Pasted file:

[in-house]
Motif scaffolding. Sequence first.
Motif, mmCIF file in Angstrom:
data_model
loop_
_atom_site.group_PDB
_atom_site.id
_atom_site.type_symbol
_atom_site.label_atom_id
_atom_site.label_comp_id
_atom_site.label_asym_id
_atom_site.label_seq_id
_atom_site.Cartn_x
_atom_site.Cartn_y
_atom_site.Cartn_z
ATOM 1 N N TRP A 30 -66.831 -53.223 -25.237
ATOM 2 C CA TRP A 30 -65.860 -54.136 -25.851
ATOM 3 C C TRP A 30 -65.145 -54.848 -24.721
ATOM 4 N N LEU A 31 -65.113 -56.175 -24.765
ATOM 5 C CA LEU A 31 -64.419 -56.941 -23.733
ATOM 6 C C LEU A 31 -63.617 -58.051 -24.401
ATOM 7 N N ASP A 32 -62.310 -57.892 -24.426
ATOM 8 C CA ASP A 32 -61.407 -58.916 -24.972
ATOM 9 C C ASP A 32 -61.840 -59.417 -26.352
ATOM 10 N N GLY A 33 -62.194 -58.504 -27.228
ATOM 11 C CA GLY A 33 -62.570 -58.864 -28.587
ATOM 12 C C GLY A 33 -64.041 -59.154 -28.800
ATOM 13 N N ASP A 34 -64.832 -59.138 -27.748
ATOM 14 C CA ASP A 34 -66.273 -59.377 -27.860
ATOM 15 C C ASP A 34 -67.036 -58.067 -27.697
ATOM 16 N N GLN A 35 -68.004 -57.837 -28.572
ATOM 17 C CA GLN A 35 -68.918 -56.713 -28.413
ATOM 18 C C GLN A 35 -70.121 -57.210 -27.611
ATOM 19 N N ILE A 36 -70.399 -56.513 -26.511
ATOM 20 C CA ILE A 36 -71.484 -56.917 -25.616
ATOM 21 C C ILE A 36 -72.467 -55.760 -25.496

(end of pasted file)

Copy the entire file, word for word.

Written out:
[in-house]
Motif scaffolding. Sequence first.
Motif, mmCIF file in Angstrom:
data_model
loop_
_atom_site.group_PDB
_atom_site.id
_atom_site.type_symbol
_atom_site.label_atom_id
_atom_site.label_comp_id
_atom_site.label_asym_id
_atom_site.label_seq_id
_atom_site.Cartn_x
_atom_site.Cartn_y
_atom_site.Cartn_z
ATOM 1 N N TRP A 30 -66.831 -53.223 -25.237
ATOM 2 C CA TRP A 30 -65.860 -54.136 -25.851
ATOM 3 C C TRP A 30 -65.145 -54.848 -24.721
ATOM 4 N N LEU A 31 -65.113 -56.175 -24.765
ATOM 5 C CA LEU A 31 -64.419 -56.941 -23.733
ATOM 6 C C LEU A 31 -63.617 -58.051 -24.401
ATOM 7 N N ASP A 32 -62.310 -57.892 -24.426
ATOM 8 C CA ASP A 32 -61.407 -58.916 -24.972
ATOM 9 C C ASP A 32 -61.840 -59.417 -26.352
ATOM 10 N N GLY A 33 -62.194 -58.504 -27.228
ATOM 11 C CA GLY A 33 -62.570 -58.864 -28.587
ATOM 12 C C GLY A 33 -64.041 -59.154 -28.800
ATOM 13 N N ASP A 34 -64.832 -59.138 -27.748
ATOM 14 C CA ASP A 34 -66.273 -59.377 -27.860
ATOM 15 C C ASP A 34 -67.036 -58.067 -27.697
ATOM 16 N N GLN A 35 -68.004 -57.837 -28.572
ATOM 17 C CA GLN A 35 -68.918 -56.713 -28.413
ATOM 18 C C GLN A 35 -70.121 -57.210 -27.611
ATOM 19 N N ILE A 36 -70.399 -56.513 -26.511
ATOM 20 C CA ILE A 36 -71.484 -56.917 -25.616
ATOM 21 C C ILE A 36 -72.467 -55.760 -25.496